The White House Web site was taken offline due to a Denial of Service (DoS) attack earlier this week, a spokesman said Friday.
The White House's site was down from 2 p.m. to 8 p.m. Eastern time on Tuesday due to the attack, said Jimmy Orr, a White House spokesman.
"Traffic was very heavy and blocked out most legitimate users," he said.
A DoS attack is one in which target servers are flooded with requests for information, often from multiple computers worldwide, thus overloading their ability to respond and blocking all access.
The site was not hacked, Orr said, and the White House IT staff was eventually able to bring the situation under control. The White House is working with the relevant federal agencies to share information about the attack, he said. The U.S. Federal Bureau of Investigation and its Internet security arm, the National Infrastructure Protection Center, are usually involved in cases such as this.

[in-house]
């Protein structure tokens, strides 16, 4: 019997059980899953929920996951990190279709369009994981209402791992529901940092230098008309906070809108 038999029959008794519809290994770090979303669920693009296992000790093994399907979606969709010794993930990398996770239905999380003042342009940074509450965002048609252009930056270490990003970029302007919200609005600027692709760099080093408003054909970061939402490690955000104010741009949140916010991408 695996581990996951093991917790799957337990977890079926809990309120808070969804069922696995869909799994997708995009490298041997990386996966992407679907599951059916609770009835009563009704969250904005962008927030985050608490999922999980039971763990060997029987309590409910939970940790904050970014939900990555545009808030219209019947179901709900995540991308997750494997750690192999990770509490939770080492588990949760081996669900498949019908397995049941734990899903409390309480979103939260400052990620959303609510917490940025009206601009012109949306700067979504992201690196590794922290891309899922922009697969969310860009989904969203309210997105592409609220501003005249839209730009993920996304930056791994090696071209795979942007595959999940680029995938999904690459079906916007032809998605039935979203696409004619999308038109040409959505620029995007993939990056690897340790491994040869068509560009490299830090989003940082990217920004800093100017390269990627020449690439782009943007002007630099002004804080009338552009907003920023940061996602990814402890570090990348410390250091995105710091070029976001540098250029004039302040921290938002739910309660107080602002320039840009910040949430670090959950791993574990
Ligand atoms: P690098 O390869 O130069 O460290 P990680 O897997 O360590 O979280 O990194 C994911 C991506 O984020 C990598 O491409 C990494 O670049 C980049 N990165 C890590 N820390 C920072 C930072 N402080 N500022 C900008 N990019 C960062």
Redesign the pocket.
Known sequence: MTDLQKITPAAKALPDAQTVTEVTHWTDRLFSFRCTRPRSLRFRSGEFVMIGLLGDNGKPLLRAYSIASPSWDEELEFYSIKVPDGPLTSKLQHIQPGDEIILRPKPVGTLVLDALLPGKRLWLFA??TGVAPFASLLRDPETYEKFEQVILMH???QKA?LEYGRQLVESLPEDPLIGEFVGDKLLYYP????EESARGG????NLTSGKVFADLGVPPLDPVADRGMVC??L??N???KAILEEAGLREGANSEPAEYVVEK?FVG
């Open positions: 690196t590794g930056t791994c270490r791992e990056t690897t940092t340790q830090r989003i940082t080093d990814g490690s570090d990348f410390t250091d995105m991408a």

Tuesday's attack was the third on the White House site in May, with the first two coming close to each other in the first week of May.
This week also saw a multi-day DoS attack against the federally-funded Internet security center CERT/CC. A study by researchers at the University of California at San Diego, also released this week, found that over 4,000 such attacks are launched every week.